- Remdesivir is a major breakthrough, but there are concerns over what comes next: “Gilead has rocketed into the public consciousness with one of the most promising coronavirus treatments, but the company’s history of sky high drug pricing is drawing increasing scrutiny from Congress about how much it will charge for remdesivir and who will get access,” Politico's Zachary Brennan reports.
- Hertz and Avis cancel orders: “Rental-car companies struggling to survive … have been working with automakers to call off purchases, in some cases even redirecting vehicles in transit to their now largely neglected parking lots,” Bloomberg News reports.
Around the world:
- EU says recession will be worst in its history: “E.U. policymakers offered a grim forecast, predicting that even if the handling of the crisis goes smoothly and societies do not need to shutter again now that many have started easing restrictions, the economy of the European Union is expected to shrink by 7.4 percent in 2020,” Michael Birnbaum reports from Brussels. “ By comparison, Europe’s economy declined by just 4.4 percent in 2009, the worst year of the global financial crisis.”
- Germany is fairing better: “German authorities, unlike those in Italy and Spain, gave all factories the option to stay open through the pandemic. More than 80 percent of them did so, and only one-quarter have canceled investments, according to a recent survey conducted by the Institute for Economic Research, a Munich think tank,” WSJ's Tom Fairless reports. Some are looking to Germany for lessons on how to reopen. How Germany did it: “Businesses implemented strict safety rules early on. Managers involved unions and employees in safety planning. Regional governments moved quickly to test and trace chains of infection. And strong ties to China, where many German firms have operations, gave companies a jump on planning.”
- WHO says it's in talks to send mission to China: “The World Health Organization is in talks with China to send a follow-up mission to the country to investigate the source of the coronavirus pandemic, a WHO official said,” CNBC's William Feuer and Berkeley Lovelace Jr. report. “WHO officials previously said the coronavirus emerged from a seafood market in Wuhan, China, and likely originated in bats, then jumped to an ‘intermediate host’ before infecting humans.”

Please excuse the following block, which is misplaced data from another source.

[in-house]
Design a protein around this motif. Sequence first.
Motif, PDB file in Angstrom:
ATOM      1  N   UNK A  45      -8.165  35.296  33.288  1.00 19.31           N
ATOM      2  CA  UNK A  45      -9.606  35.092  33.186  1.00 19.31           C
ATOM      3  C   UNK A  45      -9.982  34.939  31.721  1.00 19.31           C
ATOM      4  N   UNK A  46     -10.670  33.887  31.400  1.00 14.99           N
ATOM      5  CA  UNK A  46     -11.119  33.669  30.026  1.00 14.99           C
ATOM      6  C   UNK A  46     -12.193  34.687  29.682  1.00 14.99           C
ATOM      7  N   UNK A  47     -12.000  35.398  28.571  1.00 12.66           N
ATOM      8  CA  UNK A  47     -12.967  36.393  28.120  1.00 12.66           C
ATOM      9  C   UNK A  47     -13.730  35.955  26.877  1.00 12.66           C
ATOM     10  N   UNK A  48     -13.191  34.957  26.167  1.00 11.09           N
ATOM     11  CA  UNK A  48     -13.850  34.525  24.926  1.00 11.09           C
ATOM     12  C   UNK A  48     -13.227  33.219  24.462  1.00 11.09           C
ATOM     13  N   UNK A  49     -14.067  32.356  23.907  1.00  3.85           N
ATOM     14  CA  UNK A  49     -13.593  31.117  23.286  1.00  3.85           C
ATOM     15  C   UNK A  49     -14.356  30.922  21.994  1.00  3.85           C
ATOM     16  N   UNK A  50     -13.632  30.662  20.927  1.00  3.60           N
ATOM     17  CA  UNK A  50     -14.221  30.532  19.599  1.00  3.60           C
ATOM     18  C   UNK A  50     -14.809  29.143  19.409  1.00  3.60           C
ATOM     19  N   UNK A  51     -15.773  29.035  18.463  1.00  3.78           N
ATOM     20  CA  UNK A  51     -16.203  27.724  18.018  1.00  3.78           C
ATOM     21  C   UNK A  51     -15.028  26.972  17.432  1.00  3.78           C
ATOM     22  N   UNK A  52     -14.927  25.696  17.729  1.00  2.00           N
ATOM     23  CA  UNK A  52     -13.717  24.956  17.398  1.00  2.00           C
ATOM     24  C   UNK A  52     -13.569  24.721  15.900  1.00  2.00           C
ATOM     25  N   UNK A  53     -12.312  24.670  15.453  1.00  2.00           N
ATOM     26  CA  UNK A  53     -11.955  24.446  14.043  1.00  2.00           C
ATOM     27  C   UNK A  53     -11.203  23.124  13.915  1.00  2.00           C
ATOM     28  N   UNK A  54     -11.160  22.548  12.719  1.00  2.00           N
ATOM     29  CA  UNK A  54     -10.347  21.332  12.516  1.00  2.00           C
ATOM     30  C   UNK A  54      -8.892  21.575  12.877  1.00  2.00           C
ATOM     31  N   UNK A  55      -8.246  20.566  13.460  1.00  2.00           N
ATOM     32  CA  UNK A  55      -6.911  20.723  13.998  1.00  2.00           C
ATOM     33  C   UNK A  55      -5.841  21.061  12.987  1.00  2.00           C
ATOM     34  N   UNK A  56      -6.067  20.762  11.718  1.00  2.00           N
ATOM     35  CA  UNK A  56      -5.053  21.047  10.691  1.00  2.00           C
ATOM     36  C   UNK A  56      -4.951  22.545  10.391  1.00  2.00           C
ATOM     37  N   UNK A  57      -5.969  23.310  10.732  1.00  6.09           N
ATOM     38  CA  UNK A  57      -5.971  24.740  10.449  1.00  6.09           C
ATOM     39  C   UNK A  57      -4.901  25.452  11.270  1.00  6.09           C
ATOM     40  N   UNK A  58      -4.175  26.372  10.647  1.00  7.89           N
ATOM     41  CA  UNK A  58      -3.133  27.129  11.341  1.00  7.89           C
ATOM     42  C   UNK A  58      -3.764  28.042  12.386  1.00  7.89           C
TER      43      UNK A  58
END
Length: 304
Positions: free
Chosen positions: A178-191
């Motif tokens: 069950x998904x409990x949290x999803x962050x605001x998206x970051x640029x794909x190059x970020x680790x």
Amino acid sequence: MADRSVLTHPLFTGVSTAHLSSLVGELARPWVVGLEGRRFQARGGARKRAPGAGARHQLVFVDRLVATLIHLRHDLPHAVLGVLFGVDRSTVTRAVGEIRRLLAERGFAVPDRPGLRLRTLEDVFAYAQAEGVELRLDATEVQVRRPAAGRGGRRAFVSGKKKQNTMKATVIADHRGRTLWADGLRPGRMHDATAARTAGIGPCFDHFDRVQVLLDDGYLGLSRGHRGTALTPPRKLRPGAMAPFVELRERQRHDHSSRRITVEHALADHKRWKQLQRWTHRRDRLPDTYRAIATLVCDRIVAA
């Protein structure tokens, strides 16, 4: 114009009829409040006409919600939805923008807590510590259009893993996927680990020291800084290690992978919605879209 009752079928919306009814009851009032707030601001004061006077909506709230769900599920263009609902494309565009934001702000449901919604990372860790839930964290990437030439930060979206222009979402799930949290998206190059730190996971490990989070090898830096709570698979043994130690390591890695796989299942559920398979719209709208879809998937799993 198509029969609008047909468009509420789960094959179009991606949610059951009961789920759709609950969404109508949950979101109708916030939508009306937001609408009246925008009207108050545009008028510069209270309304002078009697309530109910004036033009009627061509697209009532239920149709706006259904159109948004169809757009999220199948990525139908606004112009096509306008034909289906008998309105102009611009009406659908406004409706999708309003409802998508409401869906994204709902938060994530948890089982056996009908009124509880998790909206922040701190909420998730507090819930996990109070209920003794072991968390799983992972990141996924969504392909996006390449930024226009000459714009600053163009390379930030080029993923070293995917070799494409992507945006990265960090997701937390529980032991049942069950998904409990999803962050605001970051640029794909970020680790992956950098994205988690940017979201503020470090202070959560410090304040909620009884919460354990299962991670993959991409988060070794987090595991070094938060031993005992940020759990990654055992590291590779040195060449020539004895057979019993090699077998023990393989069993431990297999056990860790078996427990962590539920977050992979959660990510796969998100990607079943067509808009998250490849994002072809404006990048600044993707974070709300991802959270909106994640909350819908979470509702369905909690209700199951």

Money on the Hill
Lawmakers are considering an auto industry bailout.
The industry has tanked amid a drop in car sales and shuttered factories: “Democrats and Republicans largely representing the hard-hit, auto heavy-Midwest are leading an early push to persuade their colleagues to help manufacturers and suppliers as part of a future pandemic relief package. Absent that assistance, they warn that massive losses could leave workers unemployed and stall any economic recovery,” Tony Romm reports.
“To make their case, lawmakers including Reps. Marcy Kaptur (D-Ohio), Debbie Dingell (D-Mich.) and Fred Upton (R-Mich.) began circulating a draft letter Tuesday emphasizing that the ‘projected economic fallout for the industry is grave,’ according to a copy obtained by The Washington Post. In some respects, they said, the challenges facing the automotive ecosystem ‘exceed those of the 2008 financial meltdown,’ referring to the recession more than a decade ago that ultimately yielded an approximately $80 billion auto industry bailout.”
Democrats are revisiting $150 billion in tax breaks: “Republican-sponsored provisions from the March stimulus law let companies offset their losses against previously taxed profits and get quick refunds. Republicans said the provisions would offer much-needed relief to businesses hurt by the pandemic. But Democrats now argue that Congress was too generous when it gave tax breaks for losses incurred before the outbreak and that some of the new rules disproportionately benefit high-income investors and business owners,” the WSJ's Richard Rubin reports.
“The controversy highlights a less frequently discussed area of tax law that has suddenly gained importance in an economic downturn, and the ideological deadlock over these provisions is likely to shape the congressional response as the crisis evolves.”
Stocks snap rally. Associated Press: “A late-day dip left stocks mostly lower on Wall Street Wednesday, giving the S&P 500 its first loss this week. Losses in financial, health care and other sectors outweighed solid gains by technology stocks, including Apple and Microsoft… The S&P 500 fell 20.02 points, or 0.7%, to 2,848.42. The Dow Jones Industrial Average sank 218.45 points, or 0.9%, to 23,664.64.”
The earnings callback
Companies are more fearful than in 2008.
Fed researchers scoured 600 earnings calls last month: “Some 42 percent of American non-financial public companies are discussing slashing investments, 27 percent are talking about equity payouts and 17 percent are focused on drawing down on credit lines, conclude economists Andrew Y. Chen and Jie Yang. At the peak of the last recession the figures were 25 percent, 11 percent and 7 percent, respectively,” Bloomberg News's Justina Lee reports.
“The duo collected the number of times senior company officials used words laced with financing worries for clues on what’s next in this economic crash … Based on trends in 2008, sentiment won’t normalize for a year, according to the Fed researchers.”